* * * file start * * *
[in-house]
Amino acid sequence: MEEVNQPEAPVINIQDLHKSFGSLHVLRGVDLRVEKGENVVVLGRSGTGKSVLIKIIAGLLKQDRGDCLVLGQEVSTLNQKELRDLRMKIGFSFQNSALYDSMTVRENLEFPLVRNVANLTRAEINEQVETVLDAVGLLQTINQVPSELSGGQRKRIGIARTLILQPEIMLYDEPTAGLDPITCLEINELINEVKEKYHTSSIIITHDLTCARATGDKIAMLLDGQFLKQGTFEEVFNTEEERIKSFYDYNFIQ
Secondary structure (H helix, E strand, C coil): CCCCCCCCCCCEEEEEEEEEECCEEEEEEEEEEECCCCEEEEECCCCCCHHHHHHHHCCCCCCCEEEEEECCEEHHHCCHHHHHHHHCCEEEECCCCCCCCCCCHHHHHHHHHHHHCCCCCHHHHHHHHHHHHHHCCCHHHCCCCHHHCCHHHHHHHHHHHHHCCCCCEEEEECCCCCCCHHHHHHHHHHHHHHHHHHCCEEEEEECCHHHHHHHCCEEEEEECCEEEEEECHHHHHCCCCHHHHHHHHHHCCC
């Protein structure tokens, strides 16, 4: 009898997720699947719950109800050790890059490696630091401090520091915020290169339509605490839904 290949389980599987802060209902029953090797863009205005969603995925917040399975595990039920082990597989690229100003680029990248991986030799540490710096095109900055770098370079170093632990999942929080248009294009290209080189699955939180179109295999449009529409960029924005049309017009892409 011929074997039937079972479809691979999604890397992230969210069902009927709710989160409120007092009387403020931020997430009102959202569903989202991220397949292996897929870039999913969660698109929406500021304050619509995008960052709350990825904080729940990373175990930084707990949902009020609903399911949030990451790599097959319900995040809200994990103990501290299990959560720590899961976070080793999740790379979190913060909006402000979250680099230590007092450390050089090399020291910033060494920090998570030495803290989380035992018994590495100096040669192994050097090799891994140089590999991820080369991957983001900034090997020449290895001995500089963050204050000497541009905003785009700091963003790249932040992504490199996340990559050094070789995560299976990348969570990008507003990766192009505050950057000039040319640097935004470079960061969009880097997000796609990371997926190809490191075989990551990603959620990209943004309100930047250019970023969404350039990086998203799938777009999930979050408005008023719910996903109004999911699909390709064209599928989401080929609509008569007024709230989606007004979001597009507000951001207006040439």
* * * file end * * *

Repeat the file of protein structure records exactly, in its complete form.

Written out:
[in-house]
Amino acid sequence: MEEVNQPEAPVINIQDLHKSFGSLHVLRGVDLRVEKGENVVVLGRSGTGKSVLIKIIAGLLKQDRGDCLVLGQEVSTLNQKELRDLRMKIGFSFQNSALYDSMTVRENLEFPLVRNVANLTRAEINEQVETVLDAVGLLQTINQVPSELSGGQRKRIGIARTLILQPEIMLYDEPTAGLDPITCLEINELINEVKEKYHTSSIIITHDLTCARATGDKIAMLLDGQFLKQGTFEEVFNTEEERIKSFYDYNFIQ
Secondary structure (H helix, E strand, C coil): CCCCCCCCCCCEEEEEEEEEECCEEEEEEEEEEECCCCEEEEECCCCCCHHHHHHHHCCCCCCCEEEEEECCEEHHHCCHHHHHHHHCCEEEECCCCCCCCCCCHHHHHHHHHHHHCCCCCHHHHHHHHHHHHHHCCCHHHCCCCHHHCCHHHHHHHHHHHHHCCCCCEEEEECCCCCCCHHHHHHHHHHHHHHHHHHCCEEEEEECCHHHHHHHCCEEEEEECCEEEEEECHHHHHCCCCHHHHHHHHHHCCC
């Protein structure tokens, strides 16, 4: 009898997720699947719950109800050790890059490696630091401090520091915020290169339509605490839904 290949389980599987802060209902029953090797863009205005969603995925917040399975595990039920082990597989690229100003680029990248991986030799540490710096095109900055770098370079170093632990999942929080248009294009290209080189699955939180179109295999449009529409960029924005049309017009892409 011929074997039937079972479809691979999604890397992230969210069902009927709710989160409120007092009387403020931020997430009102959202569903989202991220397949292996897929870039999913969660698109929406500021304050619509995008960052709350990825904080729940990373175990930084707990949902009020609903399911949030990451790599097959319900995040809200994990103990501290299990959560720590899961976070080793999740790379979190913060909006402000979250680099230590007092450390050089090399020291910033060494920090998570030495803290989380035992018994590495100096040669192994050097090799891994140089590999991820080369991957983001900034090997020449290895001995500089963050204050000497541009905003785009700091963003790249932040992504490199996340990559050094070789995560299976990348969570990008507003990766192009505050950057000039040319640097935004470079960061969009880097997000796609990371997926190809490191075989990551990603959620990209943004309100930047250019970023969404350039990086998203799938777009999930979050408005008023719910996903109004999911699909390709064209599928989401080929609509008569007024709230989606007004979001597009507000951001207006040439």